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How to Prepare for PRM Exam – Part I

This post is for students who are preparing for or planning to write the PRM exam.

Professional Risk Manger (PRM) Exam has become quite popular among the risk professionals and students and competes head-on with the respectable Financial Risk Manager (FRM) Exam from GARP. Even though both the exams certify you as risk managers, the exams are quite different.

In this article, we will discuss in details about what PRM exam is all about and how to go about preparing for it.

PRM takes a holistic approach to the fieldof risk management and tests the students on all aspects of risk management. For this purpose, the complete PRM exam is divided into four exams. Candidates are required to pass four exams to achieve the PRM Designation:

  • Exam I: Finance Theory, Financial Instruments and Markets
  • Exam II: Mathematical Foundations of Risk Measurement
  • Exam III: Risk Management Practices
  • Exam IV: Case Studies, PRMIA Standards of Best Practice, Conduct and Ethics, Bylaws

The exams are computer-based, conducted at Pearson Vue testing centers. So, you can sign up to write the exam at any Pearson Vue center nearest to your location.

General Tips for Preparing

Let us first look at some general tips that are relevant for all the four exams. After that we will delve into specific subject matter related tips for each of the four exams.

Focus of the exam

The focus of the exam is to check your real understanding of the subject, rather then to check your memory power. Most of the questions in the exams are targeted at checking your conceptual understanding of the subject. Sometimes the questions may appear very simple, but they will really be checking your true knowledge. Of course, it is important to remember some important formulas, but more important than that is to get your basics right.

The study material

PRM publishes the PRM Handbook, which is the official reading material for the PRM exam. Apart from that there are many training providers, who provide PRM coaching.

The best way to prepare is to stick to one set of references to prepare for the exam, rather than diving into study materials from various providers.

For a diligent student, PRM handbook is the best resource to prepare for the exam. If you are preparing with the PRM Handbook, then you can also refer to other books such as Hull, Jorion or Fabozzi to understand any particular topic that you want more clarification on. However, for the most part, the PRM handbook is enough.

If you find PRM handbook difficult to follow (which it is at times), then you may buy study notes from a quality-training provider.

In any case, try to avoid referring to multiple sets of study materials. Doing this will be more confusion than help, because it is difficult to reconcile the differences between the two, and different providers use slightly different notations and approach.

Exam questions and practice

One drawback with PRM handbook is that it does not have any sample questions. The study guide does provide some sample questions for each exam, but that’s not sufficient. So, most likely, you will have to purchase mock tests from an external training provider. Even though not directly relevant, you should also check out the past exam question papers from FRM. This may not be directly relevant but will help because many topics between the two exams are common.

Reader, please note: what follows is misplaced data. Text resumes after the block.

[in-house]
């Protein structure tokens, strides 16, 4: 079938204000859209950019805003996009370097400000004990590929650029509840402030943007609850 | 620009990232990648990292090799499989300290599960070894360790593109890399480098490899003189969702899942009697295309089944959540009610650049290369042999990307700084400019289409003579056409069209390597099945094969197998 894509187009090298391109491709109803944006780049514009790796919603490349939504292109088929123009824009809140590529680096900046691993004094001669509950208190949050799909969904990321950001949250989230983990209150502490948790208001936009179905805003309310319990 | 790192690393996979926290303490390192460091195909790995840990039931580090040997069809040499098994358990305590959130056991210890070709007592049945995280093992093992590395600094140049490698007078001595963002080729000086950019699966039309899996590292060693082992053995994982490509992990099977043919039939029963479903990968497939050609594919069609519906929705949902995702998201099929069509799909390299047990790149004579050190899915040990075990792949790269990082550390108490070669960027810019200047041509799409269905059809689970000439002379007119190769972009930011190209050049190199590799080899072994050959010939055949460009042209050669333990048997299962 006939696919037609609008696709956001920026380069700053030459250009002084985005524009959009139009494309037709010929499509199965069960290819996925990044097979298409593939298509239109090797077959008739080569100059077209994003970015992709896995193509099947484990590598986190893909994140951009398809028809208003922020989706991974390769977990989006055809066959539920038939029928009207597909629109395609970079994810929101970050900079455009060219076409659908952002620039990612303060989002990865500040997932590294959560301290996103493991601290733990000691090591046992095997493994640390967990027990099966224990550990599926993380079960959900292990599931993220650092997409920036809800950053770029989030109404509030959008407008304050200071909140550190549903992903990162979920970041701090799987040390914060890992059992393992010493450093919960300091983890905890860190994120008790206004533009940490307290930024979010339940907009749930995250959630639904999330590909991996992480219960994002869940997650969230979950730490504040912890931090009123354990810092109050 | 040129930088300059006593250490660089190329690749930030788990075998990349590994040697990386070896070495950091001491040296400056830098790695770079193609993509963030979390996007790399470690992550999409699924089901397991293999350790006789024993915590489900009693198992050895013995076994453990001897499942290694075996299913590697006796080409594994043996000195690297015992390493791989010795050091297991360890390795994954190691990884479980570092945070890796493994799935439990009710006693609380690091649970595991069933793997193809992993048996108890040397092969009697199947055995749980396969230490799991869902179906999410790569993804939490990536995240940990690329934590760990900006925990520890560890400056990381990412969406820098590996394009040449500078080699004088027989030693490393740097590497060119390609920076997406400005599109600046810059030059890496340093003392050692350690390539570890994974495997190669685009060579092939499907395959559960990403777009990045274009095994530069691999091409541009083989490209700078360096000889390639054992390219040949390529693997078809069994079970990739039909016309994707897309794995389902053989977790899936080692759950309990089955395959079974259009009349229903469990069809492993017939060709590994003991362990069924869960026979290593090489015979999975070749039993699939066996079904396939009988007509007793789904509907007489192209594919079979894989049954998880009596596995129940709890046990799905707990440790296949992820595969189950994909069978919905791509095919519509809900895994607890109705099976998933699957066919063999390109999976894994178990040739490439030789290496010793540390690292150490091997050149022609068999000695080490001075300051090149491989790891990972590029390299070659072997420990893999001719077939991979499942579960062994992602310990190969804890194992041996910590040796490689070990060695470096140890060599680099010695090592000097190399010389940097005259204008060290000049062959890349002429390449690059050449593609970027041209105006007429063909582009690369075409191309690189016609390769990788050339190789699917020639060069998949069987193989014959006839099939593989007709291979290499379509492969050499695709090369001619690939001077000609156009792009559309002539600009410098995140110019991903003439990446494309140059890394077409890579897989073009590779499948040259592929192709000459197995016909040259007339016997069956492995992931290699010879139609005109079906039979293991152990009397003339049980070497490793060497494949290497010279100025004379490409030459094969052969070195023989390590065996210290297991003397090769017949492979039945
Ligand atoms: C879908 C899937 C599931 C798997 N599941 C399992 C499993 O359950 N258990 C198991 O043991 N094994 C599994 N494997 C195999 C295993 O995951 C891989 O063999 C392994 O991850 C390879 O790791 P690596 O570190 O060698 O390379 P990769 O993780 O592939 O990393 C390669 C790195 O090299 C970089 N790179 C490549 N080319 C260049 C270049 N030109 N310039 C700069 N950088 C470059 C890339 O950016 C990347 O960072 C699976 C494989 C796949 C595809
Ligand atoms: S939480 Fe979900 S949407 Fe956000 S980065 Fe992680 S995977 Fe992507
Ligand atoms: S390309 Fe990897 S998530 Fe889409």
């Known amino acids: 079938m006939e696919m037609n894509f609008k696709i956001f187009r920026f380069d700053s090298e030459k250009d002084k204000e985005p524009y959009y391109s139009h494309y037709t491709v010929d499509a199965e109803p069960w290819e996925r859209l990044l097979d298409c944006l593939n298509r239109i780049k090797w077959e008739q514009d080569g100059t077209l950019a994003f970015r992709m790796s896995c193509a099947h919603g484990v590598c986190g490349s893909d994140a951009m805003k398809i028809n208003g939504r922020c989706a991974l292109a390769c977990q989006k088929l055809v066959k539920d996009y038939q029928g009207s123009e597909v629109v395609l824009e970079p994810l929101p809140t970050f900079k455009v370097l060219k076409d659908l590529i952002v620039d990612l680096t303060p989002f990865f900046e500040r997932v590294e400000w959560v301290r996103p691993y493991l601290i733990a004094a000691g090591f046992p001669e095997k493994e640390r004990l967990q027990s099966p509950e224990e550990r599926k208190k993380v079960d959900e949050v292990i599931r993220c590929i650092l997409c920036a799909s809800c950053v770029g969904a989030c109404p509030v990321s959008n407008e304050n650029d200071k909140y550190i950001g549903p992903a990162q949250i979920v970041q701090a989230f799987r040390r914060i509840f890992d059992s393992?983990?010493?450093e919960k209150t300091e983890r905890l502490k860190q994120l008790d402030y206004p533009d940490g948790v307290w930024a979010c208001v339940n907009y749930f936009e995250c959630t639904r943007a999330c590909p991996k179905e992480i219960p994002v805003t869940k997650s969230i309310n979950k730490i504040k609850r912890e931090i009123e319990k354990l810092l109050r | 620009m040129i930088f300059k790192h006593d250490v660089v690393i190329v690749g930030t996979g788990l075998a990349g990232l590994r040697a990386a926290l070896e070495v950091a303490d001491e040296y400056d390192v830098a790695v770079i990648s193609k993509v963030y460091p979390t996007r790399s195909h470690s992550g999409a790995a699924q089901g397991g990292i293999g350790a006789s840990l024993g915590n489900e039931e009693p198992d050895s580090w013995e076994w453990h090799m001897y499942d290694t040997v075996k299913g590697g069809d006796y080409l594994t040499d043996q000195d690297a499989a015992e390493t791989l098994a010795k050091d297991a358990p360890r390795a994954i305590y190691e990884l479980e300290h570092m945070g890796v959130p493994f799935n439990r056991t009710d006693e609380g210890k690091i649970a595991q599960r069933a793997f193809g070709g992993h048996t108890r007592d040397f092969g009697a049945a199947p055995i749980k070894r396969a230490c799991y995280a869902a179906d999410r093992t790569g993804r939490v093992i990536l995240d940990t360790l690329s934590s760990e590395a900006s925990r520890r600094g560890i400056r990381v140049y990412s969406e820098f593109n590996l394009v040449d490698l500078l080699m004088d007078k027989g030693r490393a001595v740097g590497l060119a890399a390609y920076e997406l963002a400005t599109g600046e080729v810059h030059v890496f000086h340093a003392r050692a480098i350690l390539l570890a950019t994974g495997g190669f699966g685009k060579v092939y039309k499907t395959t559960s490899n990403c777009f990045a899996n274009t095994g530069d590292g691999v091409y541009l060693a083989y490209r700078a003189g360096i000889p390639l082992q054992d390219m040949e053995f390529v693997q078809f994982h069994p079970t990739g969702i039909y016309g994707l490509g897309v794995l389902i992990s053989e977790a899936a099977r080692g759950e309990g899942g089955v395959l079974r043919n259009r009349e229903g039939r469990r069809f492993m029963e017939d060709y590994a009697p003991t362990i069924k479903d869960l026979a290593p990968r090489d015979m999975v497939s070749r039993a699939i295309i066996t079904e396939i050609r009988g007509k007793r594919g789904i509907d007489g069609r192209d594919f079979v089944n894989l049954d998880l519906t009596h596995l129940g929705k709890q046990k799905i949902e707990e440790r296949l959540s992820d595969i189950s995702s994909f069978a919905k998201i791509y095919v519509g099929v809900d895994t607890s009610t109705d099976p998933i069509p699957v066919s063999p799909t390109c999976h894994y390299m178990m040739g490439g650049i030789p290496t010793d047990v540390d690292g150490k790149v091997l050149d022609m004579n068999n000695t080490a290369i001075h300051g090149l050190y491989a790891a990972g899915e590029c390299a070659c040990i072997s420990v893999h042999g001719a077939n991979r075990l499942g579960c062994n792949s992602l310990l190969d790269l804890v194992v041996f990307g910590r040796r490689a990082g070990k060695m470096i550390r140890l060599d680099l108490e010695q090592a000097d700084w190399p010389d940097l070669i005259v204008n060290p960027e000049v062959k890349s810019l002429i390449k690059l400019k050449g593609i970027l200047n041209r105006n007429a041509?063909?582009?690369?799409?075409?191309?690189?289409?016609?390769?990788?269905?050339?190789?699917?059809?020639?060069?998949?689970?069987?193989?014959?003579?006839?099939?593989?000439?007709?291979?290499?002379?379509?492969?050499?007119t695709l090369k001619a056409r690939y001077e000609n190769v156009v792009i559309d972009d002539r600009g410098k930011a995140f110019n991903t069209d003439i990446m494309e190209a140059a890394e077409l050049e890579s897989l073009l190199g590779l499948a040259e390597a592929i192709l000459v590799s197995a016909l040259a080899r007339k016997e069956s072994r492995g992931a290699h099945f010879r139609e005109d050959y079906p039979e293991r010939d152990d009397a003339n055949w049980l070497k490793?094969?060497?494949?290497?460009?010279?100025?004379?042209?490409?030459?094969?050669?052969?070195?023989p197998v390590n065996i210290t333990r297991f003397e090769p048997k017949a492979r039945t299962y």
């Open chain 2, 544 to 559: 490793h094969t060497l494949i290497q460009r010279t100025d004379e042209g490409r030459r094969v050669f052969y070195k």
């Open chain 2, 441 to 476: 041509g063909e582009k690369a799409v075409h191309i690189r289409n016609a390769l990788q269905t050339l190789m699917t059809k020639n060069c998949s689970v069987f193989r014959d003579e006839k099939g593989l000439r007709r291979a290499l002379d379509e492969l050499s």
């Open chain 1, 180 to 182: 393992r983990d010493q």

Preparation time and schedule

The preparation time for each exam is different.

Exam I and Exam III are lengthiest as they have more topics. Both these exams will require approximately 150 to 200 hours of study time.

For exam IV, how much time you will spend completely depends on your educational background. If you have a math background, it may take very less time (less than 100 hours). Without math background, you will have to build your knowledge from scratch and it can take longer.

Exam IV is the easiest and the study material is very concise. In my view, you won’t need more than 30 hours of study time for this.

The best way to study is to spend maximum time is reading the material (about 70%), and the remaining time (30%), for solving the practice tests and revising the material.

Use of calculator

In the exam, you are allowed to use an online scientific calculator. No other tools are allowed. So, while preparing for the exam, make it a habit to use the scientific calculator for all your practice, rather then using a spreadsheet. Also, remember that if a problem cannot be solved using the calculator, it will not be asked in the exam!

Managing time while writing the exam

The following table shows the number of questions in each exam and the exam durations:

Each exam provides plenty of time to answer the questions. Most likely, you will be able to complete the exam within 70% of the allotted time. So, you will have enough time to review the questions.

The best way to approach the paper is to not spend too much time on any question in the first run. Look at a question, and try to answer it. If you can answer it within reasonable time, say 2-3 minute, well and good. If you think you will take longer, just skip that question and move on to the next question. This way you would have gone through all the questions in half the time. In the remaining time you can come back to these unsolved questions and attempt them.

Another important point is that there is no negative marking for wrong answers. So, don’t leave any question unanswered, even if you are not sure of the answer.

This concludes the general tips. In the next posts, I will take up each exam and provide specific preparationtips related to the subject matter.

You can discuss more about the PRM exam at the PRM Exam Forum.

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